Visionary and Creator
In this recently released recording of a speech from 1983 given by Steve Jobs at the International Design Conference, you can hear him accurately predict the future of computers and more importantly the use of computers by the common person. In this speech, he essentially talks about the iPhone, computer networking and unbelievably comes very close to describing the current day iPad. By the way, the link above will take you to the full one hour speech rather than the snippet that is most easily found on the internet today. It’s worth listening to the whole thing. (There’s also a moving tribute by Tim Cook today on Apple’s homepage)
The important things for leaders of all stripes to think about is that Jobs was not only visionary. Many leaders have been visionary. But he then put his life work into making his vision a reality. You can say what you want about his style, his ego, his fallibility…all aspects of being a mere mortal. But what he did, and what few of us do, is not only articulate a vision but then refuse to wait for somebody else to invent it. When he talked about the world of the future, he recognized…and intended that…he would take an active role in creating that world.
Too many times we have a vision that represents a desire more than a driving purpose. This is trying to read tea leaves or speculating in a way that we hope things turn out. Leaders who have both the ability to envision the future, and the willingness to make that future happen, are unique and valuable indeed.
In the past few decades, organizations have attempted to break some of the diversity barriers to advancement by creating affinity groups or purposely placing a large number of demographically similar employees with a more senior mentor to help them navigate the traditional corporate advancement ladder. While several researchers have found that the social cohesion between demographically similar junior and senior employees helps organizations retain young and high potential professionals, researcher Katherine Milkman from Wharton recently discovered a downside: In service organizations where promotion is necessary to stay employed (academics, law, consulting, etc), work groups that contained many same gender or same minority group members tended to have employees leave in greater numbers because they felt that the competition reduced their chances for employment.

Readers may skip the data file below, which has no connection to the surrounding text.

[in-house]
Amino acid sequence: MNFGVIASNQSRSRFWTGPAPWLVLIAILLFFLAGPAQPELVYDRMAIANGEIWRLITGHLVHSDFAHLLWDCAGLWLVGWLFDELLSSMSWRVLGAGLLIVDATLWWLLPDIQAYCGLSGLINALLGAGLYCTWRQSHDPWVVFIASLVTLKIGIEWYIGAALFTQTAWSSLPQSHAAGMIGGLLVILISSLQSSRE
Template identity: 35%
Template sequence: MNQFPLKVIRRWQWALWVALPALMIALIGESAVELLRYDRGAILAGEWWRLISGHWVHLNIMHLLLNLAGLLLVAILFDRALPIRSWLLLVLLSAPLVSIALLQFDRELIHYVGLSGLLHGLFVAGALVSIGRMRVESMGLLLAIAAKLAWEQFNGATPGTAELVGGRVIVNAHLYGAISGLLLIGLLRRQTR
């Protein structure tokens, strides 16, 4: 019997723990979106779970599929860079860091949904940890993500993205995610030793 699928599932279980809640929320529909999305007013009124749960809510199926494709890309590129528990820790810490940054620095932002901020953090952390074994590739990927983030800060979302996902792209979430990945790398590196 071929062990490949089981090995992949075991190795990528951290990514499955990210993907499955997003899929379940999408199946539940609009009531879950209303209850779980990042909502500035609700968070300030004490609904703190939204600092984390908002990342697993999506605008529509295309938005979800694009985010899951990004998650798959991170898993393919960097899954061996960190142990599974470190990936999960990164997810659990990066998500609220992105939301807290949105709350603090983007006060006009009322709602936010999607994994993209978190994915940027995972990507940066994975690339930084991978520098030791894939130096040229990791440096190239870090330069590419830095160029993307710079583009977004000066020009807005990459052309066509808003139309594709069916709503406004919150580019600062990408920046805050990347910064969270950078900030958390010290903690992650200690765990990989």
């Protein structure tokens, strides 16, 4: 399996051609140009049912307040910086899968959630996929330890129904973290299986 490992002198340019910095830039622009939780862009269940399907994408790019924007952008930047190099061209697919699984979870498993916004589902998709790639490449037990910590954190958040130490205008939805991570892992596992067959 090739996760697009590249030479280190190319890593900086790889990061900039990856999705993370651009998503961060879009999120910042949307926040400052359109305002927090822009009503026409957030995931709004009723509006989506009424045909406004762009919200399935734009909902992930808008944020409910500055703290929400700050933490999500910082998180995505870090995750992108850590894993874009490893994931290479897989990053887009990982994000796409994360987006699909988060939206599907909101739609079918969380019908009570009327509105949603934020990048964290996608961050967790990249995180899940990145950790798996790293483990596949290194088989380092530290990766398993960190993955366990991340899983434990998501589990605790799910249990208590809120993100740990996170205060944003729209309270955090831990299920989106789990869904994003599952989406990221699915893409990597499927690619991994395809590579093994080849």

Internal Competition May Sabotage Your Efforts
While these organizations have no explicit quotas, the group of too many underrepresented employees may lead to structural marginalization…departments or areas which become undervalued as a whole. As Milkman asks, “Am I the best woman or am I the best minority in the group, or should I just cut and run?” In her study, Milkman points out that it is irrelevant whether or not the organization is truly acting with an implicit quota. If employees have the perception, it can lead to the same result. And in case you’re wondering, it appears that the effect may not be limited to minorities or women. Male employees also perceive their chances of success as hampered by the presence of a large number of other males.
The bottom line is that leaders may want to revisit the practice of clustering same-sex or same-race employees in work groups in order to foster cohesion. If the policy or practice invokes internal group competition for a limited number of opportunities, the unintended consequences may be greater than the benefit. It might make more sense to continue to create opportunities for senior management mentoring of same demographic employees, but to do so across organizational areas so that the internal competition is limited. While there are many limitations to this research, as there is with any social science study, it is at least worth considering…especially if your efforts are not creating the high potential workforce that you desire.